CLC: More Than A School, It’s A Family!

Sally Watson reflects on her time as a French language student and an English conversation volunteer at Culture & Language Connections (CLC). In this blog she explains how CLC was her key to meeting interesting diverse people and making great friendships in Montreal.

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Bonded For Life! CLC Students

Moving overseas to a new city to study or work can be daunting.

Regardless of age, travel experience or level of independence, it can be overwhelming living in a foreign place.

There are the initial highs which come from exploring a vibrant new home city but there can also be lows – when things don’t seem to be going to plan, when you’re struggling with language and in my case in Montreal it was French, or you’re just feeling a little homesick.

In good times or in bad, a network of friends is crucial when living abroad.

Fortunately through CLC Language School, I met a range of people who made my year in Montreal enlightening, enriching and positive.

Most of all, I felt supported and cared about, not only by the teachers but by other students as well.

My cultural understanding of the world expanded through friendships with students from Austria (not to be confused with my home country of Australia!), Brazil, France, Germany, New Zealand, Iran, Spain, Japan, Korea, Syria, Venezuela and Colombia among many other countries!

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CLC students and teachers at a festival in Montreal

Why I chose CLC as a language school in the first place?

Before I arrived in Montreal, I researched online for several months from Australia for a French language school to attend. There were a huge number to choose from and the options became totally confusing.

After advice from a friend, I assessed each school in context of my preferences in: class size, structure, format of lessons, cost and location.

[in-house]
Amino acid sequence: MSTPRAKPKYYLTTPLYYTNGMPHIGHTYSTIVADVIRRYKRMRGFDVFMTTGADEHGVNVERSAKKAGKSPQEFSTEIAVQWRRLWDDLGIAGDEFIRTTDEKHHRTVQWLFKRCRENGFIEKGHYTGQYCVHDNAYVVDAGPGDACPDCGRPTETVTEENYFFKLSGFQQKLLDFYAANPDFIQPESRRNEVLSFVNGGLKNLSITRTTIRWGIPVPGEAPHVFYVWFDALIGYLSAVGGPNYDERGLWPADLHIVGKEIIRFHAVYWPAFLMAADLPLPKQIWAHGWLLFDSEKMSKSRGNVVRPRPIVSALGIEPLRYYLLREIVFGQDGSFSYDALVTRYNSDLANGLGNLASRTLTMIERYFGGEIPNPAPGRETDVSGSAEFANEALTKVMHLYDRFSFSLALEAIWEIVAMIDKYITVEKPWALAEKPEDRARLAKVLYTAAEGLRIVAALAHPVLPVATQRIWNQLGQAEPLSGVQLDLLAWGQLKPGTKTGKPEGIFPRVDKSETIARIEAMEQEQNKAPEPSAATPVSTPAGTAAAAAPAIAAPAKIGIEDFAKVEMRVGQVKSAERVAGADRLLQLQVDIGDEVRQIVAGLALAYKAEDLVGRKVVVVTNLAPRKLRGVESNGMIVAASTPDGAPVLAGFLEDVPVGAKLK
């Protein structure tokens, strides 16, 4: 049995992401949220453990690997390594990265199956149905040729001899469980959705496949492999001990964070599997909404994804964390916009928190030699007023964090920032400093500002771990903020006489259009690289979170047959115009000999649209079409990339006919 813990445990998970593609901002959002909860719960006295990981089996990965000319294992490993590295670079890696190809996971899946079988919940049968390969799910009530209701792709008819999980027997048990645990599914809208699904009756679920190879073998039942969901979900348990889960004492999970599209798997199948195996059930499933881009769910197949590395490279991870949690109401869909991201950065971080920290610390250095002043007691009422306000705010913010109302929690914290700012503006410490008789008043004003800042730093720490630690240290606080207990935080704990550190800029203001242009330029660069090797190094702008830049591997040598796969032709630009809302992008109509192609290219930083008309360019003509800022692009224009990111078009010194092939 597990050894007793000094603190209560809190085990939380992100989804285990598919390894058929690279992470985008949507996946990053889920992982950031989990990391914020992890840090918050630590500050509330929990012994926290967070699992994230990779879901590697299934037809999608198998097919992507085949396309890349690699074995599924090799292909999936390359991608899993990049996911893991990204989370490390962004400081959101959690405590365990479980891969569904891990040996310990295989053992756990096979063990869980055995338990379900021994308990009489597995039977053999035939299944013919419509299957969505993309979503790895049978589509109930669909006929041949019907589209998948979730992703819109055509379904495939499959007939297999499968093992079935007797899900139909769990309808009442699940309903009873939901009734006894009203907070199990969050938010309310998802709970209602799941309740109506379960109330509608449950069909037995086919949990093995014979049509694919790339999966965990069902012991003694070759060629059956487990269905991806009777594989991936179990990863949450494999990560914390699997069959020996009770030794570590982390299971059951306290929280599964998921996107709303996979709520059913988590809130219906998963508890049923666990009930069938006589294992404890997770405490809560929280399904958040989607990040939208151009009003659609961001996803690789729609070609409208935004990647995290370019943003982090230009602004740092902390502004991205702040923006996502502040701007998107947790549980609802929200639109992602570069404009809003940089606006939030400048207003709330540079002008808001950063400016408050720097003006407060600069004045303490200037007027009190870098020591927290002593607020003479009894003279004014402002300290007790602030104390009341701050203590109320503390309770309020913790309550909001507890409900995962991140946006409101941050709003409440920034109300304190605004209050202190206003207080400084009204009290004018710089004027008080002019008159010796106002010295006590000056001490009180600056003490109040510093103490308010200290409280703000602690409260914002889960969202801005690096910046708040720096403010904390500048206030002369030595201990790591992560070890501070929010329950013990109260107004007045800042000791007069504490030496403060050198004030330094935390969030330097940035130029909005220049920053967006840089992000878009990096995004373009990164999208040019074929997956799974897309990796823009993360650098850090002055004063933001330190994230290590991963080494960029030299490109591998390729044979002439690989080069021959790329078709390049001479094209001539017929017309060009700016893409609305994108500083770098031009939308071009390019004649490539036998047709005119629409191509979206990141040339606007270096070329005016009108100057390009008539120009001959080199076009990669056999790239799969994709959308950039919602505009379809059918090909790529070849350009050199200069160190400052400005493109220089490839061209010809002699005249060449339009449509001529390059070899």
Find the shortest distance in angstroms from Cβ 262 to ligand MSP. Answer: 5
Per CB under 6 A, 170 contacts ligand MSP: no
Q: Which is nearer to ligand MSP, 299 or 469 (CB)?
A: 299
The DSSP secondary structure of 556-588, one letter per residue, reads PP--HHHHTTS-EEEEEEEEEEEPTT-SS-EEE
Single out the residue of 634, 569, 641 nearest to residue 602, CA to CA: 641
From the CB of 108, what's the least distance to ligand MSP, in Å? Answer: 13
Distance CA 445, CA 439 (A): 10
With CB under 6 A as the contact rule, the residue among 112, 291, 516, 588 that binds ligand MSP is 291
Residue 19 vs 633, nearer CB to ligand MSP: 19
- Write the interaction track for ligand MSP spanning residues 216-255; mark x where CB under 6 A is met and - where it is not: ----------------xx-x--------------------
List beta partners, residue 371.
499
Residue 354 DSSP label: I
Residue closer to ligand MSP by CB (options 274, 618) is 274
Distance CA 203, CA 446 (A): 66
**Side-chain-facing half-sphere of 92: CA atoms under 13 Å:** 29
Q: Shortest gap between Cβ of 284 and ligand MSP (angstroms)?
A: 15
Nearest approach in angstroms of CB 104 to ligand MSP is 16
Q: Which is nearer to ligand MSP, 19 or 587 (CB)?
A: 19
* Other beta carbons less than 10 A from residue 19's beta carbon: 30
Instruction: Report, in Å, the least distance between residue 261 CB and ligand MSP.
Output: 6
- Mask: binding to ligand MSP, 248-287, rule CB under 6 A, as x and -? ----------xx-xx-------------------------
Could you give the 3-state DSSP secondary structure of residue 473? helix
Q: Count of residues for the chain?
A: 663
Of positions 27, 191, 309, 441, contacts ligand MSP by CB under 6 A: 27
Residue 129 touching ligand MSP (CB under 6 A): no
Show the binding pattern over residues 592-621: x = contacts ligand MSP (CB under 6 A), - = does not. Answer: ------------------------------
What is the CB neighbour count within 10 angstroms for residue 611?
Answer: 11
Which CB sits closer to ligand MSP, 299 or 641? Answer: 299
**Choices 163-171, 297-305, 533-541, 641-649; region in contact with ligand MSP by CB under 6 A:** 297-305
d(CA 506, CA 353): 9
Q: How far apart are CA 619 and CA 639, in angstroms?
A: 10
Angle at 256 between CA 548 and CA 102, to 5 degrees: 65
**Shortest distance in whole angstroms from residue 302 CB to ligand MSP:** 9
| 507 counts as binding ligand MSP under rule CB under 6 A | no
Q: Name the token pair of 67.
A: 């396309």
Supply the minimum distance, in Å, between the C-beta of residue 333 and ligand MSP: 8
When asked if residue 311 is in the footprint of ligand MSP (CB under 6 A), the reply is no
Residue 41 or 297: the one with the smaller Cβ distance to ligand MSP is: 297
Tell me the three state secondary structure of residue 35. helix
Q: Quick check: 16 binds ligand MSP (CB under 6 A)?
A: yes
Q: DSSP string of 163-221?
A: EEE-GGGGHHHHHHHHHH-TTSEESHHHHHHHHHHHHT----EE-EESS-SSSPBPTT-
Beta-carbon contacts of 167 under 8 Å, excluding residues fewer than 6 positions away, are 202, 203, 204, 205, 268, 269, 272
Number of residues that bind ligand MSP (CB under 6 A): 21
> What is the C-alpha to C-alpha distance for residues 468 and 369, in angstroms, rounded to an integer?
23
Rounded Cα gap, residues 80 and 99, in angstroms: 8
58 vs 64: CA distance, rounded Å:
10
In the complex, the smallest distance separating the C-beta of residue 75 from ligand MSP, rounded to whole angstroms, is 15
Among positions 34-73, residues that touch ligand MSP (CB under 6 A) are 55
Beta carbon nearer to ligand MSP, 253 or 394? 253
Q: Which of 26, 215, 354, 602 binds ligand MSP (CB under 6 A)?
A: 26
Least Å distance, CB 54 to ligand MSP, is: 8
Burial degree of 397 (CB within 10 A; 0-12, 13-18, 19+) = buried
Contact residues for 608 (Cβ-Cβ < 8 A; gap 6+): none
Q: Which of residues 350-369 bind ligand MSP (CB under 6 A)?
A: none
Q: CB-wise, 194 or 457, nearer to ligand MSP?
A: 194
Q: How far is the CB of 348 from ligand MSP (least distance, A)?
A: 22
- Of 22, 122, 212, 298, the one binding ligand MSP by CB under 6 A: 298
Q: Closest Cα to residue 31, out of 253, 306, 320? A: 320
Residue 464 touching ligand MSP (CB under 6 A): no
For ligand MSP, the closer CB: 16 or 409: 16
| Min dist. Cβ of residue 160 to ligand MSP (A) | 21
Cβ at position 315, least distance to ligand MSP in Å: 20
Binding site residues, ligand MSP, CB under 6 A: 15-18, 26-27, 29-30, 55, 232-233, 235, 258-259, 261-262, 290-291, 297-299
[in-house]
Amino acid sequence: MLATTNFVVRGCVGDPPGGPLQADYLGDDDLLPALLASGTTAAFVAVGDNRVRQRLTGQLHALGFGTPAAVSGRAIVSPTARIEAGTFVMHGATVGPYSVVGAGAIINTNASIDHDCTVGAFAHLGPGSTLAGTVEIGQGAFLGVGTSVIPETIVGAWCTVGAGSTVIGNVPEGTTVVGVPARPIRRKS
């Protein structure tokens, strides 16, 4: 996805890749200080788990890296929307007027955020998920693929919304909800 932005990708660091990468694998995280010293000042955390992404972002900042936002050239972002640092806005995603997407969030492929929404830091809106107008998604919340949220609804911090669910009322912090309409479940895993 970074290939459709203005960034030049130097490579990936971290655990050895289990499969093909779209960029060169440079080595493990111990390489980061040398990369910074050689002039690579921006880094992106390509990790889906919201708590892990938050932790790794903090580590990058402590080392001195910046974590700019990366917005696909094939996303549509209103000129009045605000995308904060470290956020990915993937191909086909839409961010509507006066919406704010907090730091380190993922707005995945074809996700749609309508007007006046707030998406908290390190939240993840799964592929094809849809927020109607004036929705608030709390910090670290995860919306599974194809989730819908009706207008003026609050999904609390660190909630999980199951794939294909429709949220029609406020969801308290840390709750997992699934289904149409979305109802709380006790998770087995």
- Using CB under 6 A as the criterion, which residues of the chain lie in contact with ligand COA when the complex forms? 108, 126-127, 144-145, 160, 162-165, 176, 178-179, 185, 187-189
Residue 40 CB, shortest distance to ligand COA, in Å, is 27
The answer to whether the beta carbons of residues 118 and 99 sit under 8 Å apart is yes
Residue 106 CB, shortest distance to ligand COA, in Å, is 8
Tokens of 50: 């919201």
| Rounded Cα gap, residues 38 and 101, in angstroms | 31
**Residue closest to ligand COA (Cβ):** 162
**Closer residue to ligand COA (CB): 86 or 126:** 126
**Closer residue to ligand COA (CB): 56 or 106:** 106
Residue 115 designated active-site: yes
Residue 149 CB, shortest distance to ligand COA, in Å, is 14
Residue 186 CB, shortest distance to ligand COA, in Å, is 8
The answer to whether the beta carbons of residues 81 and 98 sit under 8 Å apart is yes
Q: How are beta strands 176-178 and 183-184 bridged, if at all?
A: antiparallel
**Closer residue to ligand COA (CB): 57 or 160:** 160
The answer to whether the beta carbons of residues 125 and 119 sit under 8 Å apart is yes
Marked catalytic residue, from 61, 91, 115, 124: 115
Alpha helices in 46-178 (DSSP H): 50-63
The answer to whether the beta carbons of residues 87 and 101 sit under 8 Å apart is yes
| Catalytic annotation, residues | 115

After consideration, I chose CLC primarily due to their claim that class sizes were kept small and had a focus on oral communication. Staff were helpful and easy to liaise with, answering my many questions in the lead up to booking. Plus the school was on the Orange metro line near Villa Maria, which was convenient to get to from Le Plateau where I was living, and Downtown, an added bonus!

How CLC met my expectations and exceeded them!

CLC ended up becoming more than a school to me but was the key to a whole new network of international friends.

As promoted, the class sizes are small, usually no more than eight. The interactive nature of lessons means students develop communication skills, speaking and listening, rather than just the theory of written French.

While grammar is covered, the classes encourage engagement especially with written assignments to read in class. This is when you really get to learn more about others and their life circumstances in Montreal, leading to solid friendships.

Suddenly you realise you have so many things in common with your fellow students that you are organising to catch up outside of school.

Teachers and staff at CLC are professional, friendly, kind and patient which creates a warm atmosphere and helps the learning process!


Simon CLC

French teacher Simon on Halloween

Later, during my time as a volunteer at tea-time I was blessed to meet local Quebecois and people from almost every country on the planet.

You learn a lot about the world we live in!

Through English speaking practice, a whole new connection with other people opened up for me and many new diverse friendships forged.

Attending CLC had turned out to be a great decision!

Not only did my French language abilities improve dramatically, I also found a family in Montreal and friendships, which will last a lifetime.

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Sally Watson, volunteering at English tea-time

Sally Watson is a freelance travel writer and photographer at Wing Woman Adventures. A self-confessed vagabond and seeker of new frontiers, adventures and international friends, she aims to inspire people to travel widely, independently and confidently! Follow her on Facebook and Instagram.



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